From Moore PA, Hersh EV, Papas AS, et al. Pharmacokinetics of lidocaine with epinephrine following local anesthesia reversal with phentolamine mesylate. Anesth Prog 2008;55(2):45; with permission.

Pharmacology of phentolamine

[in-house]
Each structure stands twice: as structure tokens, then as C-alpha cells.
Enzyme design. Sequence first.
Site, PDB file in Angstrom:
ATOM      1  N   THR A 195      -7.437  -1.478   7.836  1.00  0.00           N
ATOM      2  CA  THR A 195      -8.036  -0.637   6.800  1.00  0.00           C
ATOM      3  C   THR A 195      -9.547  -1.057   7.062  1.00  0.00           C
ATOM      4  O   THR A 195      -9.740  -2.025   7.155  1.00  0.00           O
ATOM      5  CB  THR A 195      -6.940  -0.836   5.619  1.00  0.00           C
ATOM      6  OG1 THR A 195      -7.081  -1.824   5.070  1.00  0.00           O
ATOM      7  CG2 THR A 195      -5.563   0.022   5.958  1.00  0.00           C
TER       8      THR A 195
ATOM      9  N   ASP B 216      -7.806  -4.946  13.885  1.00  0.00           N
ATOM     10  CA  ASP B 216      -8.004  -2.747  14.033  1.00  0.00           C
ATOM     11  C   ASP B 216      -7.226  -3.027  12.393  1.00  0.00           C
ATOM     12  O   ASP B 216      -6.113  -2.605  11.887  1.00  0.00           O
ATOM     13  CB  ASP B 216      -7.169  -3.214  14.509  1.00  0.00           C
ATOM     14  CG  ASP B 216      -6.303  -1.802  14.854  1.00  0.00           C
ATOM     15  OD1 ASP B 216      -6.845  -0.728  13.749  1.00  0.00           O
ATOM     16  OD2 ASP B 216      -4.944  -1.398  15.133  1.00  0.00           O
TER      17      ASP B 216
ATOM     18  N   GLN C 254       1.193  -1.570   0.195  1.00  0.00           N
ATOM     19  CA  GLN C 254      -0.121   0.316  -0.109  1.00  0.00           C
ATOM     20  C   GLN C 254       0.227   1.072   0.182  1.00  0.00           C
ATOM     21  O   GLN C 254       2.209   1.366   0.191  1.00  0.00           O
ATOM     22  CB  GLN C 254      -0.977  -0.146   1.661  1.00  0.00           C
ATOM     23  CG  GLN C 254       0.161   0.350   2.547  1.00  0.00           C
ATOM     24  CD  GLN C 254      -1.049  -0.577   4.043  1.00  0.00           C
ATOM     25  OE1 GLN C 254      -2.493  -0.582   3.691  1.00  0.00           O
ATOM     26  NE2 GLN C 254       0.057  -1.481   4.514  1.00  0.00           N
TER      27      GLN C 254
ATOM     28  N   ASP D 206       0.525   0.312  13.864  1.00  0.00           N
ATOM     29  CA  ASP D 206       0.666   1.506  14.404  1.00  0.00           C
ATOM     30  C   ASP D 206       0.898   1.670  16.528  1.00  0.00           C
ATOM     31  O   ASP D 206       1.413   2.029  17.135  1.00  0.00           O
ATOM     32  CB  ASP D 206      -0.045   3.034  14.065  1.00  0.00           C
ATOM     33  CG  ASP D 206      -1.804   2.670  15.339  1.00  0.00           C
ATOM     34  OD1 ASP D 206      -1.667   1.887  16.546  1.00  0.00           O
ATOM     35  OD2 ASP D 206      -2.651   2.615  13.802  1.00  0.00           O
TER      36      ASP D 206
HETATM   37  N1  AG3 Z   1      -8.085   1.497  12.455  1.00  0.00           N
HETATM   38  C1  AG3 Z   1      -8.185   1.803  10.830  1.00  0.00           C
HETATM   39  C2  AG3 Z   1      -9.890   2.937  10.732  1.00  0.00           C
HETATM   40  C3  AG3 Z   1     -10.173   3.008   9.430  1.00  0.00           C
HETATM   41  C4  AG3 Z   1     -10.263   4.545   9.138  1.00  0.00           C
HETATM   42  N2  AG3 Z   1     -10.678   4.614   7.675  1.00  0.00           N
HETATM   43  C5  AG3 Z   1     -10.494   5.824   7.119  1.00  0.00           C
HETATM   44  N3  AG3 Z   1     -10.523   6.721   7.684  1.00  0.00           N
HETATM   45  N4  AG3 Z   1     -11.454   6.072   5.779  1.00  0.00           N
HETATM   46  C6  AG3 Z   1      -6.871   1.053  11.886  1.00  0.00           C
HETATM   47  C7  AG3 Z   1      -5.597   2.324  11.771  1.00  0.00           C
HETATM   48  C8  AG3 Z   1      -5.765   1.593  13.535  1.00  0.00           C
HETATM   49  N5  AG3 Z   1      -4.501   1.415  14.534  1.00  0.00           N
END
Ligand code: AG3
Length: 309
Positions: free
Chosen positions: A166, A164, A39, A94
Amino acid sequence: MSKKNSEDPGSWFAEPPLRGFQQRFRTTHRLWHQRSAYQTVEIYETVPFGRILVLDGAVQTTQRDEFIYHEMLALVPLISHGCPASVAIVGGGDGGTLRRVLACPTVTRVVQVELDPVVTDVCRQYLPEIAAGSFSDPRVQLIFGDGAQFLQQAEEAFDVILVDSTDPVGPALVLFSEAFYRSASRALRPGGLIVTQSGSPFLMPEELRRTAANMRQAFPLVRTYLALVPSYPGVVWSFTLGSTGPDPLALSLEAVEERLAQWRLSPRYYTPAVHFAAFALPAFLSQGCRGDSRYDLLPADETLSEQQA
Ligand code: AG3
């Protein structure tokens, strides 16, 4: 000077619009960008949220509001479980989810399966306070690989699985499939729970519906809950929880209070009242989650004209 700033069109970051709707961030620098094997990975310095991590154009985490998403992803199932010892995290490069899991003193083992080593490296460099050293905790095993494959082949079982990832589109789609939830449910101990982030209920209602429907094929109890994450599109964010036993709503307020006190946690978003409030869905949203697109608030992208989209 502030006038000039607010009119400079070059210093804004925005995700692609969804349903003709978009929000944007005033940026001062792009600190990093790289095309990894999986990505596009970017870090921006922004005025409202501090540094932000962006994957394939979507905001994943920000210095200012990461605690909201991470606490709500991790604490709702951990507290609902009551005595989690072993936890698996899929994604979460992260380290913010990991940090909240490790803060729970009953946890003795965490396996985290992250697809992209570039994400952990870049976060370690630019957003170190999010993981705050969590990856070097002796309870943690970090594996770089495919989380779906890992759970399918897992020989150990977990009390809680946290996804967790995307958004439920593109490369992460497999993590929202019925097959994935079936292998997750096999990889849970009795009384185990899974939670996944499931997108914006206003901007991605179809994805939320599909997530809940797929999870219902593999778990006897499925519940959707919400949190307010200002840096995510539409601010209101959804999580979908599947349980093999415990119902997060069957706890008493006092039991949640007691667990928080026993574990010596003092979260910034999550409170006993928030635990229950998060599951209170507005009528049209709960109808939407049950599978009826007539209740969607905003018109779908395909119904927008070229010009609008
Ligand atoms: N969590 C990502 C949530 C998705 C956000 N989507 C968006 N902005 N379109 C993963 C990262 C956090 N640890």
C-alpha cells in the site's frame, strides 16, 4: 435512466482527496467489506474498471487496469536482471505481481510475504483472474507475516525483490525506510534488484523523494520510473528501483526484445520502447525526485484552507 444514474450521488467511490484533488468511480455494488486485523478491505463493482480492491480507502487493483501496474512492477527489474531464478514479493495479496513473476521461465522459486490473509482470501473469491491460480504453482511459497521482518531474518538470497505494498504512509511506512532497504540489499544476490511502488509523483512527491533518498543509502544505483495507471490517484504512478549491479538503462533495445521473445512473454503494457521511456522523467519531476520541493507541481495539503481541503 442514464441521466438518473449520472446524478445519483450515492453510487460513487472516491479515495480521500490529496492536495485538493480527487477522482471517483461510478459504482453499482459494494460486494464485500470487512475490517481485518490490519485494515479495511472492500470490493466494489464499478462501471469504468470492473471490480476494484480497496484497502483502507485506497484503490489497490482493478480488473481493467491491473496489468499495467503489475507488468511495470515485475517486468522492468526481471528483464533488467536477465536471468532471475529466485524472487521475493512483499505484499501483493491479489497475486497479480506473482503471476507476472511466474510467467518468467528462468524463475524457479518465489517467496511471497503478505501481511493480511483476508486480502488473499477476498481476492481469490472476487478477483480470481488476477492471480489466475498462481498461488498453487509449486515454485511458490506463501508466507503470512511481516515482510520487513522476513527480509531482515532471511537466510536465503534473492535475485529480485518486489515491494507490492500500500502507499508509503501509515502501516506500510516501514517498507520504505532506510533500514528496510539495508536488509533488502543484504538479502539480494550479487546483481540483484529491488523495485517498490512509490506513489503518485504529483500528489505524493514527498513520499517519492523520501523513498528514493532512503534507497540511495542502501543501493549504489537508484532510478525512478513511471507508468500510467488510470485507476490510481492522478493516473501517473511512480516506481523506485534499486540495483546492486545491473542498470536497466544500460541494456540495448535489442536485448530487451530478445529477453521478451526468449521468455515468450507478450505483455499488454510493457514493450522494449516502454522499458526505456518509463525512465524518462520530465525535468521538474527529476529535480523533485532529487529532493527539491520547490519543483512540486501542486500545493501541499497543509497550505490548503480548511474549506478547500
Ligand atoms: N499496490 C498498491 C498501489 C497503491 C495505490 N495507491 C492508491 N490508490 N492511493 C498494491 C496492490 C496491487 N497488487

Phentolamine is classified as a nonselective α-adrenergic blocking agent, that is, it opposes the effects of norepinephrine and epinephrine on tissues containing α 1 – and α 2 -adrenergic receptors. In particular, the smooth muscles of many vascular beds, including those beneath the oral mucosa, contain α-receptors (predominantly α 1 ), and the ultimate effect of α-receptor blockade is vasodilation. At relatively high dosages (5–10 mg) that are used in conditions of local and systemic catecholamine excess, parenteral phentolamine produces a profound blood pressure lowering effect. This hypotensive action plus the ability of phentolamine to block prejunctional α 2 -autoreceptors on neuronal membranes can produce tachycardia both due to baroreceptor reflex mechanisms and an enhanced release of neuronal norepinephrine, which then stimulates β 1 -adrenergic receptors in the heart.